4 articles Tag research

Healthy Dose of Sunshine Could Protect You From High Blood Pressure and Heart Attack

New research published in the Journal of Investigative Dermatology reveals that a healthy dose of UV radiation can lower blood pressure and reduce the risk of heart attack. They say that the benefits may outweigh the risk of skin cancer. The study by researchers at Southhampton and Edinburgh University (UK) exposed 24 healthy young men to an ultraviolet (UVA) light from tanning lamps for two 20-minute sessions ( corresponding to what they would receive while …

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Scientist Grow Human Skin to Fight Skin Cancer

Scientist Grow Human Skin to Fight Skin Cancer

Scientists at the European Centre for the Environment and Human Health at the University of Exeter’s Tremough campus have been researching a way to grow skin specifically to tackle Malignant Melanoma. They first announced their intent to grow human skin back in November 2012, saying that it would take at least 6 months or more to get the full clearance on their ground breaking research. Cancer research is often of single cells, but scientists at the …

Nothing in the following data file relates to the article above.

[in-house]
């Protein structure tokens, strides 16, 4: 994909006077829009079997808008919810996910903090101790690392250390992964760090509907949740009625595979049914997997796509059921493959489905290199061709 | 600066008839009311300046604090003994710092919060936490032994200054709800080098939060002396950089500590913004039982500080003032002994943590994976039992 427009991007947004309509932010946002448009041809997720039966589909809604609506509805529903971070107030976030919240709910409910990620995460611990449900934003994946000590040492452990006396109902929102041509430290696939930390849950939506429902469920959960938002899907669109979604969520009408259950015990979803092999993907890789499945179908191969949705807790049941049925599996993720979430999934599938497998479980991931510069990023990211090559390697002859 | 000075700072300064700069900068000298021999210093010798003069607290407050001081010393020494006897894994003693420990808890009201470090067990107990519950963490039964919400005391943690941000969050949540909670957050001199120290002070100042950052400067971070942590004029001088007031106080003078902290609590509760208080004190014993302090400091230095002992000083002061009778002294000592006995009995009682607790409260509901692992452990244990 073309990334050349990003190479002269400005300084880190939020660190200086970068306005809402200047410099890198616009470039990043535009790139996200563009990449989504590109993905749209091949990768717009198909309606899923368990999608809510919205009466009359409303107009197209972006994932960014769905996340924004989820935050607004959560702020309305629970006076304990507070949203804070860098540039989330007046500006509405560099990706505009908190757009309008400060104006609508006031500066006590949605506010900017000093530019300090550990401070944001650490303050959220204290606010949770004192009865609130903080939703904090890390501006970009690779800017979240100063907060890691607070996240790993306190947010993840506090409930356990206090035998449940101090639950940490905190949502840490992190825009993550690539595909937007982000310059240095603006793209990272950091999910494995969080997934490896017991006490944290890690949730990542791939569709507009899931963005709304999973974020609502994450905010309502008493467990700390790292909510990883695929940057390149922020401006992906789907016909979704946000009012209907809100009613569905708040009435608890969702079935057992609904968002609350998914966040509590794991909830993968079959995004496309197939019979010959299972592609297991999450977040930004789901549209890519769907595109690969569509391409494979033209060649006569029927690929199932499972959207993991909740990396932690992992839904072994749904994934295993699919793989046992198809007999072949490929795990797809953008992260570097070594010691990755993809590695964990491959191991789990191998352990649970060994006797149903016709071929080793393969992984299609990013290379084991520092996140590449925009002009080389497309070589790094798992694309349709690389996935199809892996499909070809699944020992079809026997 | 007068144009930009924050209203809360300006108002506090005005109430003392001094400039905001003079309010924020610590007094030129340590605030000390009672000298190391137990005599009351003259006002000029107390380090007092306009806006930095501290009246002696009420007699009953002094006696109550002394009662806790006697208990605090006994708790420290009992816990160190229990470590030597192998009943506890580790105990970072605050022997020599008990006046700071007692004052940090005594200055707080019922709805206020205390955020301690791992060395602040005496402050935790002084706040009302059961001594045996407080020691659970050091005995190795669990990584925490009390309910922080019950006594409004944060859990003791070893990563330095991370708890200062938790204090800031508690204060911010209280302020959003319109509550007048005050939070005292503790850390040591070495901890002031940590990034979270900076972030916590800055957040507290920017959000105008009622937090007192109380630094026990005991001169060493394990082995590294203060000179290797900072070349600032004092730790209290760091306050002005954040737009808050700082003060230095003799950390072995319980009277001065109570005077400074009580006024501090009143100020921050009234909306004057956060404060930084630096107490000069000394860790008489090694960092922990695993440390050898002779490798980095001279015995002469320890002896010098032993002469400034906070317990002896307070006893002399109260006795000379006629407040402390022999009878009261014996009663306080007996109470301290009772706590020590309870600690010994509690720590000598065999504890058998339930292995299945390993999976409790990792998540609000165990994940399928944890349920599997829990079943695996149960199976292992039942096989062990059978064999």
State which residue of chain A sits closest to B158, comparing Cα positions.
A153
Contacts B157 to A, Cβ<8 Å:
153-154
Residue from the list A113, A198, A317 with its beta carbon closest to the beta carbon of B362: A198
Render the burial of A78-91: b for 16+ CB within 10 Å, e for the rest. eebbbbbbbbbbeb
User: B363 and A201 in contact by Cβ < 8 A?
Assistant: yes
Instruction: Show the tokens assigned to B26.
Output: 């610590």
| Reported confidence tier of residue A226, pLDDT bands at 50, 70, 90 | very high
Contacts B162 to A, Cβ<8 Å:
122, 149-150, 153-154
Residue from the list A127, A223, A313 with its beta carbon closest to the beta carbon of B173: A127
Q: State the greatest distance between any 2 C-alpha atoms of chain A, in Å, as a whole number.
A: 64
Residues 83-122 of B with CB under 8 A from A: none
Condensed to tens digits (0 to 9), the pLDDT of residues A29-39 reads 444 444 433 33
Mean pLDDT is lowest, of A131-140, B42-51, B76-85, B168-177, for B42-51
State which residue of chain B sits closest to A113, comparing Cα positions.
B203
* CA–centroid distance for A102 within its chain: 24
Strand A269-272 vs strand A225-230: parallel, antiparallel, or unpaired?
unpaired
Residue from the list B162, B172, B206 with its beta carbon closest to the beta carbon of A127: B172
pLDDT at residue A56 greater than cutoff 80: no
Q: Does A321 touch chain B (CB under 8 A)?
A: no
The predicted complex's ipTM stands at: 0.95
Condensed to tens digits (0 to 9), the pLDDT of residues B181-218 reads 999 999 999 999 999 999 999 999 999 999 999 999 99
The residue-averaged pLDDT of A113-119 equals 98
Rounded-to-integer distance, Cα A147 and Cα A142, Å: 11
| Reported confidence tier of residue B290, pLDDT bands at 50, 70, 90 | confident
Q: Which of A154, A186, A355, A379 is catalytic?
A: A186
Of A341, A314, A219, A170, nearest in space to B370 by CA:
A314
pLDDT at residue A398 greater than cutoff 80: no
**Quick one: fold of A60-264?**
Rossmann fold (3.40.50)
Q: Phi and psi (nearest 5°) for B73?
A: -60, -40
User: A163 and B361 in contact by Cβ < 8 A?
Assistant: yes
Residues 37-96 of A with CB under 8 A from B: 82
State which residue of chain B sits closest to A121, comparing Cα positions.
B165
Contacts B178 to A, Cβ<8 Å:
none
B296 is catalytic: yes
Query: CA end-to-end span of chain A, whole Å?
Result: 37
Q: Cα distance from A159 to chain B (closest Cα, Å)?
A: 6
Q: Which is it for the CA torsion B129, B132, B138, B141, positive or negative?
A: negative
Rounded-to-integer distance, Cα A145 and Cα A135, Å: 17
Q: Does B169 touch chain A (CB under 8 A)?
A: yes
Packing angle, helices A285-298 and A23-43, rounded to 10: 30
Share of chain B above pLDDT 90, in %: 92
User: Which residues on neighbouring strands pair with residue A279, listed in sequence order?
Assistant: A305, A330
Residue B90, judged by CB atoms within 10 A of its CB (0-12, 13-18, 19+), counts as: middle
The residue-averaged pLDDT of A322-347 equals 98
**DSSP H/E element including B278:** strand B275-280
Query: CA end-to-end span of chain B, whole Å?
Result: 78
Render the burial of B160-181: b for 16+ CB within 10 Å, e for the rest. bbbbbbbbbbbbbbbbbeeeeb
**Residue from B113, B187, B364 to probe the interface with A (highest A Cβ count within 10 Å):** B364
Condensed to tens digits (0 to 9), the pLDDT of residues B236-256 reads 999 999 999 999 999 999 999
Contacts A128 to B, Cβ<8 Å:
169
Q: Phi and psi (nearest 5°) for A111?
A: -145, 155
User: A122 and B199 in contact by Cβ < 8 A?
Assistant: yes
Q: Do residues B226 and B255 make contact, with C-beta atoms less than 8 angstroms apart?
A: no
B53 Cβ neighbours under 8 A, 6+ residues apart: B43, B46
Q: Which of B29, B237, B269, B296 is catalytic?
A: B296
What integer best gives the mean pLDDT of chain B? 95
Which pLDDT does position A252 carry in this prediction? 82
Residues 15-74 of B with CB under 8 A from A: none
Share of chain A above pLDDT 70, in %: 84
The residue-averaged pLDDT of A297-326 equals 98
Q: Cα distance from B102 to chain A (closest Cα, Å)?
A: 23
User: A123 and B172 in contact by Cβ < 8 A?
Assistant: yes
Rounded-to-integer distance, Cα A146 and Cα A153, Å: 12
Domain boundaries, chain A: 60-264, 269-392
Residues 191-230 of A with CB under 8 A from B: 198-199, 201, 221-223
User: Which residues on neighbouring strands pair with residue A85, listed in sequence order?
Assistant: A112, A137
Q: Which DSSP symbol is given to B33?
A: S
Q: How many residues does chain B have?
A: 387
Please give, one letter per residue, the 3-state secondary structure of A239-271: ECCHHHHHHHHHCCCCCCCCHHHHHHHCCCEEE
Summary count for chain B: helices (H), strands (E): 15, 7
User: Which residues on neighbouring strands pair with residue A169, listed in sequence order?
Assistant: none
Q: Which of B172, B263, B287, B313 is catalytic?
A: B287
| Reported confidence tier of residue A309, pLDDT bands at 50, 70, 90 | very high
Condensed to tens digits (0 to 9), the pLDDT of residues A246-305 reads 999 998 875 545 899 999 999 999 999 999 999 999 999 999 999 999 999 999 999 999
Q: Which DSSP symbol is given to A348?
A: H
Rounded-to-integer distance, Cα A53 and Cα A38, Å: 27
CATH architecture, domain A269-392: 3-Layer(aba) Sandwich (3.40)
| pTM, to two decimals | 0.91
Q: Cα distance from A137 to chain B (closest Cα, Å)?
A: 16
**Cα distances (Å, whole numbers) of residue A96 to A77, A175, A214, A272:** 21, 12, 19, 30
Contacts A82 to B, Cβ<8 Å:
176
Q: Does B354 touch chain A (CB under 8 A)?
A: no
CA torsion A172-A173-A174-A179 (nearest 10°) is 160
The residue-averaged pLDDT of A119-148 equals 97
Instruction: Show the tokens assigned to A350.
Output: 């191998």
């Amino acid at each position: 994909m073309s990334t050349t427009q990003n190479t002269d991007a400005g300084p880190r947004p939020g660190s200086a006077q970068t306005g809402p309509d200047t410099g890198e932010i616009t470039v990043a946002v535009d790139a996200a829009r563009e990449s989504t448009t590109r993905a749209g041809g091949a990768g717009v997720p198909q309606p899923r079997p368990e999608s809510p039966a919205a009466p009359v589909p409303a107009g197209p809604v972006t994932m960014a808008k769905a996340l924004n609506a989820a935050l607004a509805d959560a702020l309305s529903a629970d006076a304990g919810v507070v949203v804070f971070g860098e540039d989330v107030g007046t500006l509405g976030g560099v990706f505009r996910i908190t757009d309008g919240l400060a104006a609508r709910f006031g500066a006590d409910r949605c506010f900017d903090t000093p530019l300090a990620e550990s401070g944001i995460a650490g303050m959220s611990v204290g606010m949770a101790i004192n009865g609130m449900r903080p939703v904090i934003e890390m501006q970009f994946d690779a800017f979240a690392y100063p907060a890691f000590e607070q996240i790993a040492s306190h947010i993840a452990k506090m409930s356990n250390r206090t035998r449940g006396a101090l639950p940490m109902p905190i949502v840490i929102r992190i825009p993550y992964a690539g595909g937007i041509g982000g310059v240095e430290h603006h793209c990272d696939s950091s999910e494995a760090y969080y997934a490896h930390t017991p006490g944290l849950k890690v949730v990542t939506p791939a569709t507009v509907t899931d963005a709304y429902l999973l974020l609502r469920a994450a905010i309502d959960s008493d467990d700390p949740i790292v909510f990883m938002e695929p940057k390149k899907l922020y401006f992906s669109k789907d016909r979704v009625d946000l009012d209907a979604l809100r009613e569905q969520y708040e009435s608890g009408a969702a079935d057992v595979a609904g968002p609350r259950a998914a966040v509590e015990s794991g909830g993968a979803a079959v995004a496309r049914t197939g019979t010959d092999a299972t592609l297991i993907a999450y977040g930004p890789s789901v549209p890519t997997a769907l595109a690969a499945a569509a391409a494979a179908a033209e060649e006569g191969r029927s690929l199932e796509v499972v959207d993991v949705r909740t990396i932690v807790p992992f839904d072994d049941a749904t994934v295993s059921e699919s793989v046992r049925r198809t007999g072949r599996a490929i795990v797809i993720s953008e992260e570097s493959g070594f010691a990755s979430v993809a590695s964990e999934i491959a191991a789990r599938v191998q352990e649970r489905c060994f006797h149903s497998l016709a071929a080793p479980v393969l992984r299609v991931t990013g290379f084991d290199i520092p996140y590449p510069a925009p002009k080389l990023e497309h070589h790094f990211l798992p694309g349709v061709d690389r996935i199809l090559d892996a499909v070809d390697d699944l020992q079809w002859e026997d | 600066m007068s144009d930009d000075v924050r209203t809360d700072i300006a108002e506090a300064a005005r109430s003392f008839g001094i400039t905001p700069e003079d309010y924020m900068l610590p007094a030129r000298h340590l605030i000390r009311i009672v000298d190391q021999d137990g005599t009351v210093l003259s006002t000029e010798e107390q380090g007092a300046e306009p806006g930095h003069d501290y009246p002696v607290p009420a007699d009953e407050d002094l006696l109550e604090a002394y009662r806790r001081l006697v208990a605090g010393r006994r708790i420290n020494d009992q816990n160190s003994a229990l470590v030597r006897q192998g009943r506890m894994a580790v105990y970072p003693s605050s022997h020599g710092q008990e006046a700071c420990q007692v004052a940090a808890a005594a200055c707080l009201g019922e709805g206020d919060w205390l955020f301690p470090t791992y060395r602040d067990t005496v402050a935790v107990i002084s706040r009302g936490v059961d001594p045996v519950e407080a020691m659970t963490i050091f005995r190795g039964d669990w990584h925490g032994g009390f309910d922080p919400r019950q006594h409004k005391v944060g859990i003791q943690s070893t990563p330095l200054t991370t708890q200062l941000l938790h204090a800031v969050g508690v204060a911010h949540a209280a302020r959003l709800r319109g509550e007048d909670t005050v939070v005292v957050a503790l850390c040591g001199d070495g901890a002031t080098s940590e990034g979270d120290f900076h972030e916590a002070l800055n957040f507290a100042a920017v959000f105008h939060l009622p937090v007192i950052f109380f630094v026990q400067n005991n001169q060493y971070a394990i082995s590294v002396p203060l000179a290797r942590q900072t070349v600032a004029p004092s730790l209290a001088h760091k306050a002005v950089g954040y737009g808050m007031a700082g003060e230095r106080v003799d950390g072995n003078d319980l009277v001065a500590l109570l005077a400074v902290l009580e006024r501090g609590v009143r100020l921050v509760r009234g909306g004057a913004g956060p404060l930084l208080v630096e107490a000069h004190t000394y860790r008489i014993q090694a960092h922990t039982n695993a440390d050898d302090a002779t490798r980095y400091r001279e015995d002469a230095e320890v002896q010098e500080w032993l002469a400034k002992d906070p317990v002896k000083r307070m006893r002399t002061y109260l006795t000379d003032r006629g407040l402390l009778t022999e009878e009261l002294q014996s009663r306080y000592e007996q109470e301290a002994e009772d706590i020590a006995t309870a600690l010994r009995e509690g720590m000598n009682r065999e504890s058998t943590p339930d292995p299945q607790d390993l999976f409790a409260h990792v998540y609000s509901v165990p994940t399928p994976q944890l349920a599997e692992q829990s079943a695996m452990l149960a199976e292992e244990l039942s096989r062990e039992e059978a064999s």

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AIM Awards $90K Check To Benefit The Fight Against Melanoma

AIM Awards $90K Check To Benefit The Fight Against Melanoma

AIM at Melanoma, a non-profit organization dedicated to the research, outreach and prevention of Melanoma, has awarded a $90,000 research grant to MD Anderson Cancer Center (MDACC). “West University resident Judy Sager, AIM Houston Chapter President, and Jean Schlipmann, AIM CoFounder, presented Dr. Patrick Hwu and the Melanoma Department at MDACC a check for $90,000 to support melanoma research.” This is very exciting news for AIM and the MDACC! AIM and the MD Anderson Cancer …

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Genes That Cause Melanoma Discovered!

Scientist from the “Queensland Institute of Medical Research have found two new genes that together double a persons risk of melanoma.” A study team studied the genes of 6,000 people and found that “specific changes in two genes were found to make people more susceptible to developing moles. The researchers went on to show, in another 4,000 people, the same two genes increased the risk of developing melanoma – the most deadly form of skin …

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